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The number $e$ has many different characterizations.

The word "characterization" has a precise meaning in mathematics. An exercise in a textbook may say:

(a) Prove that $X$ is enormously purple but not largely purple.

(b) Prove that the property of being enormously purple but not largely purple characterizes $X$.

The student is expected to understand the difference between (a) and (b). To say that the property characterizes $X$ means that $X$ is the only thing that has that property.

The number $e$ has many characterizations besides the ones you mention. So does the golden ratio. So does $\pi$. The concept of a "parabola" can be characterized as (1) a certain conic section; or (2) the locus of point equidistant from the focus and the directrix; or (3) the curve having a certain reflecting property; or (4) the graph of a quadratic polynomial function; or any of a number of other ways.

Which characterization should be taken to be the "definition" depends on context. And unfortunately mathematicians have never collected their thoughts on the precise nature of that dependence in the same way they have on matters of deductive logic.

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Answer 1: pedagogy.

A definition is chosen because it fits into the story the author wants to write. An author may find a particular choice of definition fits nicely into their story; e.g. one author may prefer start from the simplicity and elegance of manipulating integrals, another might want to talk about solving differential equations, and yet another author might want to start talking about $e^x$ early on and so prefers the one in terms of limit.


Answer 2: they're 'different' constants, and it's a neat theorem that they all turn out to be equal!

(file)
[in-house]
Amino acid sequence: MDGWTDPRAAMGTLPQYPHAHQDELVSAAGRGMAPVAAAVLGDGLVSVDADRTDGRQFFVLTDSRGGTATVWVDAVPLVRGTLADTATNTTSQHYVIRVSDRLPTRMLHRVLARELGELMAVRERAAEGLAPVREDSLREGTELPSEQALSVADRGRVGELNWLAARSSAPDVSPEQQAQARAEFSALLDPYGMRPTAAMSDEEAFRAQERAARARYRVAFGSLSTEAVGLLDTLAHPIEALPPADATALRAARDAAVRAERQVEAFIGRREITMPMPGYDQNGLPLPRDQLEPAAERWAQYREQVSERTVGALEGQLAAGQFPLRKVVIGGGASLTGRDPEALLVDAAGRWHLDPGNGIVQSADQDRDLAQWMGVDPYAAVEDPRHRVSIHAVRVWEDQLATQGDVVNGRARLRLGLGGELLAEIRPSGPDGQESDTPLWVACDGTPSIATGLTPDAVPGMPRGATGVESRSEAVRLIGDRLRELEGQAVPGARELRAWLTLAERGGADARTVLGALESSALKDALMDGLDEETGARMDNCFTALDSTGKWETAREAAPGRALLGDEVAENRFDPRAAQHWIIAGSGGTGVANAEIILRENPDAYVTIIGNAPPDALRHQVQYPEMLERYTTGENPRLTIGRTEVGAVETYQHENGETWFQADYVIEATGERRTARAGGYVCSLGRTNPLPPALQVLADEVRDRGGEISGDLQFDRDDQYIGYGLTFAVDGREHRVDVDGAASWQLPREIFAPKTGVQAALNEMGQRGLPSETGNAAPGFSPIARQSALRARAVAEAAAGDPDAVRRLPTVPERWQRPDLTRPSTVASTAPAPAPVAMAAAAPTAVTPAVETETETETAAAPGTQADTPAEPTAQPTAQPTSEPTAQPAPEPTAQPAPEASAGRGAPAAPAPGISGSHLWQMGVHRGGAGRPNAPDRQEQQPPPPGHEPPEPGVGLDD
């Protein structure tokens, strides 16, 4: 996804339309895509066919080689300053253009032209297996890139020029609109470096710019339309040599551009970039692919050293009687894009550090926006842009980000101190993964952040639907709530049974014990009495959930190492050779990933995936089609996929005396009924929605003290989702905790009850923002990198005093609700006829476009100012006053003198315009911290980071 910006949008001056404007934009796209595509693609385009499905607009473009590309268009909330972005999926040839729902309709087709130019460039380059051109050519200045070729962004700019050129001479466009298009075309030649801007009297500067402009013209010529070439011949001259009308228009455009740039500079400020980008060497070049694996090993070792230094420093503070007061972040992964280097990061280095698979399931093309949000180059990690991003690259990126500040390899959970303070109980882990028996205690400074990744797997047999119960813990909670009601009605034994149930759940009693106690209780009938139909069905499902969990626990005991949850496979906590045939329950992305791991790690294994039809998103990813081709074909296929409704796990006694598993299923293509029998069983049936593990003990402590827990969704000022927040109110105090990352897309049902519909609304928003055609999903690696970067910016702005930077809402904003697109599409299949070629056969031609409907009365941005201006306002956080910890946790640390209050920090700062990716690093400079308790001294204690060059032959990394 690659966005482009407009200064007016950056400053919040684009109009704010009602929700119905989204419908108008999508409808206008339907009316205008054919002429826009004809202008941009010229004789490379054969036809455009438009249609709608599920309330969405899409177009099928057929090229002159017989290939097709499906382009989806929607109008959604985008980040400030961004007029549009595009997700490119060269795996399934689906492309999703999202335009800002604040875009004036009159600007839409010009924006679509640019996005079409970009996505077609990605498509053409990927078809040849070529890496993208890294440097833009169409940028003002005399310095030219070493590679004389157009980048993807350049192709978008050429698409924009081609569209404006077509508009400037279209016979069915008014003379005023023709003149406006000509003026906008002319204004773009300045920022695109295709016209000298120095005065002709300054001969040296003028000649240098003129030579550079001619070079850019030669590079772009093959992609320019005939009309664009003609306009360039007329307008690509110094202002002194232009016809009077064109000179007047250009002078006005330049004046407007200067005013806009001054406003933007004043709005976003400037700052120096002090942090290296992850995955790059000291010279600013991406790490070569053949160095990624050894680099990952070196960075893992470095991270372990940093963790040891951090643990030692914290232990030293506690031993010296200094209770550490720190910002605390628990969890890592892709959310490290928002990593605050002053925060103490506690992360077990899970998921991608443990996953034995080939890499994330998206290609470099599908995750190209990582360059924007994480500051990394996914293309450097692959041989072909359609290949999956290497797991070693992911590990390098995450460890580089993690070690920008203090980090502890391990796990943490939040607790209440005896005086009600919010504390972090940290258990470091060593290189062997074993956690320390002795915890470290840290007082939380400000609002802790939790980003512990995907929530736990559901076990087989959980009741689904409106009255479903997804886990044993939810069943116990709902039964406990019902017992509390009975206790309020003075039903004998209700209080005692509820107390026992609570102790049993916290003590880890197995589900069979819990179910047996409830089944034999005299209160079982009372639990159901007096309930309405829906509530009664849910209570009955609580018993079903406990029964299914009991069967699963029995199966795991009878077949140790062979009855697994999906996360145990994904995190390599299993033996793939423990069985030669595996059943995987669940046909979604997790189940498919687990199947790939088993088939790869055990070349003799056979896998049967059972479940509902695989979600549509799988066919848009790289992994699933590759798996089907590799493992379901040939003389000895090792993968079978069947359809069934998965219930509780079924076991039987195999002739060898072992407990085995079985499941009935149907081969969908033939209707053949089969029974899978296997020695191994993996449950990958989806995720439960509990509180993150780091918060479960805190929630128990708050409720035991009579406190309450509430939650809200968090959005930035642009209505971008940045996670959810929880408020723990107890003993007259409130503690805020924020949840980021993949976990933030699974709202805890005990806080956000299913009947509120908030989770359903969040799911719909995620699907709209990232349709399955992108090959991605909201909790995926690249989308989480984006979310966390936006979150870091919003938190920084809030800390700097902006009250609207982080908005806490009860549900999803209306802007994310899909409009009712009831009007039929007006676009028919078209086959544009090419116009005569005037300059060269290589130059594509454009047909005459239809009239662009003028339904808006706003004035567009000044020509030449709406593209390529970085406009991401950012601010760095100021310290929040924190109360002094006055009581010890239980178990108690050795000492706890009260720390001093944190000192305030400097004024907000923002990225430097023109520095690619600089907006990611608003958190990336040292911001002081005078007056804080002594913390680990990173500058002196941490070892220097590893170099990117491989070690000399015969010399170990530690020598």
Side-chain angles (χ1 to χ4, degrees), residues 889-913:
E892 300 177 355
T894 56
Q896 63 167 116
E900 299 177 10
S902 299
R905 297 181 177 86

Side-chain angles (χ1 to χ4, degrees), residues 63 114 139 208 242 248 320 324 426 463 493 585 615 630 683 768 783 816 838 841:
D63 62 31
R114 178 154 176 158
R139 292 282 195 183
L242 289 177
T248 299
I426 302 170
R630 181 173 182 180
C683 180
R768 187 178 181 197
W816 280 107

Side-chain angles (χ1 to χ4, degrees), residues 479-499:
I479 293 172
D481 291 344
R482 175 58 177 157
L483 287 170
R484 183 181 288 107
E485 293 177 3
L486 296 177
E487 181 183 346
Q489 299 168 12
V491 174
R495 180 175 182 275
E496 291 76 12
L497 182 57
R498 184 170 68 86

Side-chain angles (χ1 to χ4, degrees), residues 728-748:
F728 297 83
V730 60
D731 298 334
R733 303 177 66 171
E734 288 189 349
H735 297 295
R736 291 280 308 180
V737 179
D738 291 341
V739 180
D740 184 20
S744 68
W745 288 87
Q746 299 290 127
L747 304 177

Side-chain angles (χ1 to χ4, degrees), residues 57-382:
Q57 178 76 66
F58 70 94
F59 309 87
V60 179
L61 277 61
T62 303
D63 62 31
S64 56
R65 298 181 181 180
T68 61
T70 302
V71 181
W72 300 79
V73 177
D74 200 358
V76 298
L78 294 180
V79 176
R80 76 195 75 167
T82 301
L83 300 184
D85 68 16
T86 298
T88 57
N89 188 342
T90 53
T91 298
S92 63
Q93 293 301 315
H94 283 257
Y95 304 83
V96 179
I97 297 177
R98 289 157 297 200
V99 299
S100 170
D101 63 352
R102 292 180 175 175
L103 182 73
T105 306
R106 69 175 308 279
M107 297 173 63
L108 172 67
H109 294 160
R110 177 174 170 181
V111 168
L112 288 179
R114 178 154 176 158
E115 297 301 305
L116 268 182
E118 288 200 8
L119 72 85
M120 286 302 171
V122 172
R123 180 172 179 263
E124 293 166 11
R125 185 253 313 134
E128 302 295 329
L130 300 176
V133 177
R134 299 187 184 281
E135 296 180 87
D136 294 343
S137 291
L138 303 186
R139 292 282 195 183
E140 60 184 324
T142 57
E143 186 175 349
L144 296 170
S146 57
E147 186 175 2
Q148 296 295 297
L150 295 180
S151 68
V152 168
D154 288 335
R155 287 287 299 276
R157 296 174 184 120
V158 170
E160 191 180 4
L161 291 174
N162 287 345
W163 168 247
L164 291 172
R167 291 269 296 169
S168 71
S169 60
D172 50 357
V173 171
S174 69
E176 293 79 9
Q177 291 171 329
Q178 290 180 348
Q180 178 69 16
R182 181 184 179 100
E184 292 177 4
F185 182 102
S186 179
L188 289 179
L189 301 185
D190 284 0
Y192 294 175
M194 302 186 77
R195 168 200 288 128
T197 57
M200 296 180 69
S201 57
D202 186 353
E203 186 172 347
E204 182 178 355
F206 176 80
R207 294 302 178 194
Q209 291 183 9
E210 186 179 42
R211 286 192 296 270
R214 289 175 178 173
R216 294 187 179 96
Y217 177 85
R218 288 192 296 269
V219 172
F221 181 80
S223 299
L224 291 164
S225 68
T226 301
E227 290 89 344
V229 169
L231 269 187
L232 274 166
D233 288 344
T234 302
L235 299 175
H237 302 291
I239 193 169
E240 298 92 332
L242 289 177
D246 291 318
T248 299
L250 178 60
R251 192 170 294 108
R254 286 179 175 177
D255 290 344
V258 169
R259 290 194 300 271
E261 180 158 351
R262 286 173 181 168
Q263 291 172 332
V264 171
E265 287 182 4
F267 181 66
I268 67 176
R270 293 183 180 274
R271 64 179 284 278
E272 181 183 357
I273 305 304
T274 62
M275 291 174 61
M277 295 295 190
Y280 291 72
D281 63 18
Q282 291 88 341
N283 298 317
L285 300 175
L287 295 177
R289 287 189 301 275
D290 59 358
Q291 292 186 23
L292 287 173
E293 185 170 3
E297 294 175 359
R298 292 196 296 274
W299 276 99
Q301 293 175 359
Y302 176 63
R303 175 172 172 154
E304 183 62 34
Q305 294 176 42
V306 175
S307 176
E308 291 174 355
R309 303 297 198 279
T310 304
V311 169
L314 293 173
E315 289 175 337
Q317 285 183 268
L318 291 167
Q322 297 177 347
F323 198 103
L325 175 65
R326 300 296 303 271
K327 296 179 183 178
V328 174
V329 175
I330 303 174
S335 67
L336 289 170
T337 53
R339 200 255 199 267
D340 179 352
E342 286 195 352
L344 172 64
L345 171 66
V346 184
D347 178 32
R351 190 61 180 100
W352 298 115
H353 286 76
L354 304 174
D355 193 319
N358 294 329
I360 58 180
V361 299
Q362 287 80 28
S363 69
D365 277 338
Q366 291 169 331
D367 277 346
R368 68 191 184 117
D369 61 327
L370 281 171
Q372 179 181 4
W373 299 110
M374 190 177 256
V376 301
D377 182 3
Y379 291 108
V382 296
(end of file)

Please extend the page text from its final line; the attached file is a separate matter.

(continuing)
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Let me explain your predicament. Look at the following equivalent definitions of $1$:

  1. The unique real number $x$ that satisfies $\int\limits_{0}^{x} y \,\text{d}y = \frac{1}{2}$.

  2. The sum of the series $\sum\limits_{n=2}^{\infty} \frac{1}{n(n-1)}$.

  3. The smallest non-negative real number that satisfies the equation $\cos (\pi x) = -1$.

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    $\begingroup$ This would probably be better as a comment, but this is the right response to the question. $\endgroup$ – nathan.j.mcdougall Sep 9 '15 at 4:51
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    $\begingroup$ This is different from the question in that taking any of these as the definition of $1$ would indeed be circular. $\endgroup$ – Stefan Sep 9 '15 at 10:30
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    $\begingroup$ You're using 1 to define 1. Isn't that a problem? $\endgroup$ – Arturo Torres Sánchez Sep 9 '15 at 13:36
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    $\begingroup$ It seems to be a problem with definition 2, but not necessarily with definition 3. You could probably find a way to construct a number system where "$-1$" was defined as "the square of $i$" without any reference to $1$ or the inverse operation of addition. $\endgroup$ – alephzero Sep 9 '15 at 19:41
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    $\begingroup$ Additional confusion. For the definition of $e,$ take: $$\sum_{n=0}^{\infty} \frac{1}{n!}.$$ Tweak it by putting the multiplier $(n+2)$ in the denominator to get a definition for $1:$ $$\sum_{n=0}^{\infty} \frac{1}{(n+2)n!}.$$ $\endgroup$ – Fred Kline Sep 11 '15 at 4:00
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About the first part of your question:
There is no need for an 'agreed upon' definition, if you have the given scenario.
You can choose any definition to start from and then prove your way through to the theorems that state equality to the other ones.

For instance, take two persons, person 1 (p1) and person 2 (p2).
Furthermore assume that p1 defines $e$ via definition A, and that p2 defines $e$ via definition B.

Then p1 can prove a theorem that states that $e$, defined via definition A, is equal to $e$, defined via definition B/ has the defining and unique property used in definition B.